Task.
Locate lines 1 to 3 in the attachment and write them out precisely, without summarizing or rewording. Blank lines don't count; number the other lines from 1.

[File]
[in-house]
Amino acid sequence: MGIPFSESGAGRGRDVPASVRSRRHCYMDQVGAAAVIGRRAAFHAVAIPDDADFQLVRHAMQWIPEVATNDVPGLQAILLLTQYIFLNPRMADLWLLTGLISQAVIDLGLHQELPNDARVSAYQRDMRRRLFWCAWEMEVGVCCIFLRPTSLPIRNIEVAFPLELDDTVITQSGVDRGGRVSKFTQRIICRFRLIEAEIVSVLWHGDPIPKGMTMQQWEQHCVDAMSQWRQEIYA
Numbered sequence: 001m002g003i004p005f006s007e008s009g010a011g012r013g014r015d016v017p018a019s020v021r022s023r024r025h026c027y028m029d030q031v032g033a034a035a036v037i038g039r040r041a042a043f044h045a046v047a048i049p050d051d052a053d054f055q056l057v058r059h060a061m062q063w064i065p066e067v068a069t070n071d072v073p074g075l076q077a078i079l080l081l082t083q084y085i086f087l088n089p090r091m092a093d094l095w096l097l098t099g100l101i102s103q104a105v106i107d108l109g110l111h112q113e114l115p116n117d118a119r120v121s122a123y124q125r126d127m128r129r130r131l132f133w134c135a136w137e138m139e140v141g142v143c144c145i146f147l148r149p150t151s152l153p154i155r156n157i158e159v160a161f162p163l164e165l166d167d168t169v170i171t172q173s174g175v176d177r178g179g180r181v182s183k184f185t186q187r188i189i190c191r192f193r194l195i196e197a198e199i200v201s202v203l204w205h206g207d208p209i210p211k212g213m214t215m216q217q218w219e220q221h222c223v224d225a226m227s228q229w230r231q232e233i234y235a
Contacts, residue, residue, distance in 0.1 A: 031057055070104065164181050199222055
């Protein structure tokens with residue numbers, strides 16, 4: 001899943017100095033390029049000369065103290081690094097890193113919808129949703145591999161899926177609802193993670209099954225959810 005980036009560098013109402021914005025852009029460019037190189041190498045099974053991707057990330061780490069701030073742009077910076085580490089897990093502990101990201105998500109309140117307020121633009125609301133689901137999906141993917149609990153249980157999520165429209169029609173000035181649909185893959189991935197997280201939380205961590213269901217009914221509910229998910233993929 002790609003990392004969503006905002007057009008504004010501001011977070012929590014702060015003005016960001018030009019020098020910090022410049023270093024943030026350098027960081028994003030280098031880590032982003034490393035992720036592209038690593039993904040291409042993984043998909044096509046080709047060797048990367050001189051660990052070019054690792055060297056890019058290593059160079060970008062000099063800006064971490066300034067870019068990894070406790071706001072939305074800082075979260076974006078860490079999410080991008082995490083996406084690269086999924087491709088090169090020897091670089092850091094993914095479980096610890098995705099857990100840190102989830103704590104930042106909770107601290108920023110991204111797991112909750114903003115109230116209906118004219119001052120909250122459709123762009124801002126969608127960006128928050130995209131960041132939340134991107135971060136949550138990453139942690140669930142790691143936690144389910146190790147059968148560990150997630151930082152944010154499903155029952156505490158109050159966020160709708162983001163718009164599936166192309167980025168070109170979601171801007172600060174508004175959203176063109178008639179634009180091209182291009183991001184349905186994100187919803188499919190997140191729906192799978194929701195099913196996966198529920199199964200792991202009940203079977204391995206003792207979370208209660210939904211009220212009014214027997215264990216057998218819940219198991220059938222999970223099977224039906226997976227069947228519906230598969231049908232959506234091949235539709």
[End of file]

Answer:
[in-house]
Amino acid sequence: MGIPFSESGAGRGRDVPASVRSRRHCYMDQVGAAAVIGRRAAFHAVAIPDDADFQLVRHAMQWIPEVATNDVPGLQAILLLTQYIFLNPRMADLWLLTGLISQAVIDLGLHQELPNDARVSAYQRDMRRRLFWCAWEMEVGVCCIFLRPTSLPIRNIEVAFPLELDDTVITQSGVDRGGRVSKFTQRIICRFRLIEAEIVSVLWHGDPIPKGMTMQQWEQHCVDAMSQWRQEIYA
Numbered sequence: 001m002g003i004p005f006s007e008s009g010a011g012r013g014r015d016v017p018a019s020v021r022s023r024r025h026c027y028m029d030q031v032g033a034a035a036v037i038g039r040r041a042a043f044h045a046v047a048i049p050d051d052a053d054f055q056l057v058r059h060a061m062q063w064i065p066e067v068a069t070n071d072v073p074g075l076q077a078i079l080l081l082t083q084y085i086f087l088n089p090r091m092a093d094l095w096l097l098t099g100l101i102s103q104a105v106i107d108l109g110l111h112q113e114l115p116n117d118a119r120v121s122a123y124q125r126d127m128r129r130r131l132f133w134c135a136w137e138m139e140v141g142v143c144c145i146f147l148r149p150t151s152l153p154i155r156n157i158e159v160a161f162p163l164e165l166d167d168t169v170i171t172q173s174g175v176d177r178g179g180r181v182s183k184f185t186q187r188i189i190c191r192f193r194l195i196e197a198e199i200v201s202v203l204w205h206g207d208p209i210p211k212g213m214t215m216q217q218w219e220q221h222c223v224d225a226m227s228q229w230r231q232e233i234y235a